Brain Health

The final project used data from the Rush Memory and Aging Project to look at associations between strawberry intake among older adults and the development of Alzheimer’s Disease (Agarwal, 2020). A trend emerged showing an association between increased strawberry intake and decreased neurofibrillary tangles, one of characteristic hallmarks of Alzheimer’s Disease.

The researchers concluded that higher intake of pelargonidin, a flavonoid, may reduce the risk of Alzheimer’s Disease. Strawberries, being the wealthiest source of pelargonidin, should be further assessed for their role to maintain brain health in older adults.

Conclusion

While strawberries are known for their complete daily value of vitamin C, 3g of fiber, and potassium and folate content, they are also rich in flavonoids- particularly pelargonidin. Because of these flavonoids, strawberries have been identified to have antioxidant and anti-inflammatory properties that improve gut microbiota, cardiovascular, metabolic, and neuronal function.


Sources:

Agarwal, P., Holland, T.M., Wang, Y., Schneider, J.A., & Morris, M.C. (2020). Pelargonidin in strawberries associated with reduced Alzheimer’s disease neuropathology: A community-based cohort. [Abstract]. Nutrition 2020, P18-002-20. https://www.eventscribe.com/2020/ASN/fsPopup.asp?Mode=posterinfo&PosterID=275364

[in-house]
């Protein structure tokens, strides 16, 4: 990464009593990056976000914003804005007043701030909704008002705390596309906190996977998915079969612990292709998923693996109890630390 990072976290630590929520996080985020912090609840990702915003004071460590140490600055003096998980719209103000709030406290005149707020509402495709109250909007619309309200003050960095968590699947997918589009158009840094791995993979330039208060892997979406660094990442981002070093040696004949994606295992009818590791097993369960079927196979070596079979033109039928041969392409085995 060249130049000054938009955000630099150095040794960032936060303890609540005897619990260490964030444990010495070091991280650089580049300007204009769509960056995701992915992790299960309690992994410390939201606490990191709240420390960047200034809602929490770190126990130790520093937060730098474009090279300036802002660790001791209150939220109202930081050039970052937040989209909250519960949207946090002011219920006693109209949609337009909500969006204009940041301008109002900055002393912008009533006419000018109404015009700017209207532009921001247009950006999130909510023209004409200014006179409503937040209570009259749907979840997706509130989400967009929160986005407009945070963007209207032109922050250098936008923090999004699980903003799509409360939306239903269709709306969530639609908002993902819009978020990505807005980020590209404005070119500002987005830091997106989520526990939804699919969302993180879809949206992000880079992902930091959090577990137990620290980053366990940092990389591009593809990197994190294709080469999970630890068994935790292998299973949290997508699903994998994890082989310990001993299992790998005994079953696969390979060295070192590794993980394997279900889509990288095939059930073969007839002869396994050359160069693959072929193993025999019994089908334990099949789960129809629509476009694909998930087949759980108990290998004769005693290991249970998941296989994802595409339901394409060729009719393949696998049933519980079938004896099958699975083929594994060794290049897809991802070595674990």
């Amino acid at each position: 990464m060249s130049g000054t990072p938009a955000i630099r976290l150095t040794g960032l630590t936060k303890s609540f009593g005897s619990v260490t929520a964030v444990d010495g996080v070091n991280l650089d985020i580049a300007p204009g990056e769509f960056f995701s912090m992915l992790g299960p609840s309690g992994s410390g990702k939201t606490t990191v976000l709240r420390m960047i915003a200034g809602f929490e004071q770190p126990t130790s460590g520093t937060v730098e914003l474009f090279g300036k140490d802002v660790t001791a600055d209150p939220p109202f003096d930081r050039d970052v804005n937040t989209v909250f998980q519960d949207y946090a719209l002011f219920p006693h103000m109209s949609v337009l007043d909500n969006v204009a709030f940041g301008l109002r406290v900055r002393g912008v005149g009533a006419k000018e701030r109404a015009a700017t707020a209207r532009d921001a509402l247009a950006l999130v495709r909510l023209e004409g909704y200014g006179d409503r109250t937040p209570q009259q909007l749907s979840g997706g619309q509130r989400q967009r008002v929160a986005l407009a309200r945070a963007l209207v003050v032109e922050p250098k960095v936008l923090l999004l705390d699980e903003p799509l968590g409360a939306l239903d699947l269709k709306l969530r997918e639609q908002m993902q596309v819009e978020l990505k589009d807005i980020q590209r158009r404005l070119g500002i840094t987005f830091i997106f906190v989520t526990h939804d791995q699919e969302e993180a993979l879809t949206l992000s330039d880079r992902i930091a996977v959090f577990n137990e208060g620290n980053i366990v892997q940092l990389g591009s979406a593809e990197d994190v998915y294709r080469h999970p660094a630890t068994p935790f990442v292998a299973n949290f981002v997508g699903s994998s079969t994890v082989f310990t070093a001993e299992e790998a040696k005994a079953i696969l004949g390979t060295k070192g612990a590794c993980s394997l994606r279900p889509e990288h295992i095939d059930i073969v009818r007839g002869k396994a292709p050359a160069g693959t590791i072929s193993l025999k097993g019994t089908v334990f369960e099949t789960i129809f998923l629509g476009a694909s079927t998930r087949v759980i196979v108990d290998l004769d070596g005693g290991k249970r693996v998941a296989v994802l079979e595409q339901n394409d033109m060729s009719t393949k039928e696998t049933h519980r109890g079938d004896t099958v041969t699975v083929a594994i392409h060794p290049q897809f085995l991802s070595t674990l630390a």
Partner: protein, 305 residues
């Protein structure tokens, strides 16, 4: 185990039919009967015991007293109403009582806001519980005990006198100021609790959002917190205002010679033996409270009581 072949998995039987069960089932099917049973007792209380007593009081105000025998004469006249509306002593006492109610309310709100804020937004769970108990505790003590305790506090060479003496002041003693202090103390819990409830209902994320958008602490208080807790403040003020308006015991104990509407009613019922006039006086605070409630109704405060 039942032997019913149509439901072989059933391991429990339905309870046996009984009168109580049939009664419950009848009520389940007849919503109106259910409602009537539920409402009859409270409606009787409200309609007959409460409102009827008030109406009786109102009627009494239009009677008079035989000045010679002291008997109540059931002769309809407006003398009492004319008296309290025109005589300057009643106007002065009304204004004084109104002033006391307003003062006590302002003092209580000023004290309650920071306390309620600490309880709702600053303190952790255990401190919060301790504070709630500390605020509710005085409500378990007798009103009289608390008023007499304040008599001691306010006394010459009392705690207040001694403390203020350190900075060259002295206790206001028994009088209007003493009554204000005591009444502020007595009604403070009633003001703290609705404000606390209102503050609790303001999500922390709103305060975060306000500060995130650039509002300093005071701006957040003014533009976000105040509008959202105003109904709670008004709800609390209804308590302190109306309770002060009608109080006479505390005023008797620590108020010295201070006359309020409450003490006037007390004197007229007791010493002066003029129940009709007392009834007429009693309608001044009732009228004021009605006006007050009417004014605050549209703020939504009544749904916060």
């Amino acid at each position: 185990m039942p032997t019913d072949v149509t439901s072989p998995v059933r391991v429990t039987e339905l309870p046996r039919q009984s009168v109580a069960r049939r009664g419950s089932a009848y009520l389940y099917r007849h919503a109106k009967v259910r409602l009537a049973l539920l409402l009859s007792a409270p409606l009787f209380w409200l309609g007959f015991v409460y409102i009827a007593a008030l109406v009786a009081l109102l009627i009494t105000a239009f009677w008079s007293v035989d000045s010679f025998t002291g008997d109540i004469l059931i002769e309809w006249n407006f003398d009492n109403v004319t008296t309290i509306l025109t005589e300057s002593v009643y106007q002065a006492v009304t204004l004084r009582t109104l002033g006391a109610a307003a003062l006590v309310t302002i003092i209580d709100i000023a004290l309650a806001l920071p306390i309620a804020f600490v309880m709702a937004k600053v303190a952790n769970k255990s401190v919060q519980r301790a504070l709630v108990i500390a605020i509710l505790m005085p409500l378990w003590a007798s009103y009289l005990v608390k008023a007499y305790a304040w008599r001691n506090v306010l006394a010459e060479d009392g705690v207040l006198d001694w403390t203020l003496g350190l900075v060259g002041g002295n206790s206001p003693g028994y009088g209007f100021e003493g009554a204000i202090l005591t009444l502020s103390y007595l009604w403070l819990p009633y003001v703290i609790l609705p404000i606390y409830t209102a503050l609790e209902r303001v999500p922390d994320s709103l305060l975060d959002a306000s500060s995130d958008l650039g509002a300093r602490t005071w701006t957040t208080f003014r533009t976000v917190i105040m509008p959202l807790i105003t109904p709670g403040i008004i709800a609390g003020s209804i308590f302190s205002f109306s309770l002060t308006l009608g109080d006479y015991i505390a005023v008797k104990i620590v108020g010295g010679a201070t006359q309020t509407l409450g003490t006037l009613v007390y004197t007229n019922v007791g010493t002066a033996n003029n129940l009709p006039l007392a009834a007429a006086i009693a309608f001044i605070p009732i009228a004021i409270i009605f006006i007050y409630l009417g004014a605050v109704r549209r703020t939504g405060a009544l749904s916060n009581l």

Davis, D., Scofield, H., Betts, N., Izuora, K., & Basu, A. (2020). Dietary strawberries improve insulin resistance in adults with the metabolic syndrome. [Abstract]. Nutrition 2020, P06-021-20. https://www.eventscribe.com/2020/ASN/fsPopup.asp?Mode=posterinfo&PosterID=274632

Henning, S., Yang, J., Woo, S.L., Li, R., Huang, J., Thames, G., Gilbuena, I. Tseng, C. Ezzat-Zadeh, Z. Heber, D., & Li, Z. (2020). California strawberry consumption alters gut microbiome in healthy participants: A pilot study. [Abstract]. Nutrition 2020, P24-018-20. https://www.eventscribe.com/2020/ASN/fsPopup.asp?Mode=posterinfo&PosterID=275047

Padhi, E.M.T., Holt, R.R., Slupsky, C.M., & Keen, C.L (2020). A crossover study of freeze-dried strawberry powder on microvascular function, gut microbiota, and metabolic phenotype in overweight or obese postmenopausal women. [Abstract]. Nutrition 2020, P06-080-20. https://www.eventscribe.com/2020/ASN/fsPopup.asp?Mode=posterinfo&PosterID=276103

Skulas-Ray, A.C., Richter, C.K., Gaugler, T.L., Meily, S., Petersen, K. & Kris-Etherton, P.M. (2020). Dose-response effects of freeze-dried strawberry powder on atherogenic lipoproteins in overweight adults with elevated cholesterol: a randomized, double-blind crossover trial. [Abstract]. Nutrition 2020, P01-075-20. https://www.eventscribe.com/2020/ASN/fsPopup.asp?Mode=posterinfo&PosterID=274729

Zhao, A., Zhang, L., Zhang, X., Edirisinghe, I., Burton-Freeman, B., & Sandhu, A. (2020). Effects of daily strawberry intake (4 weeks) on plasma bile acid composition in humans: A randomized, placebo-controlled, crossover trial. [Abstract]. Nutrition 2020, P16-038-20. https://www.eventscribe.com/2020/ASN/fsPopup.asp?Mode=posterinfo&PosterID=275397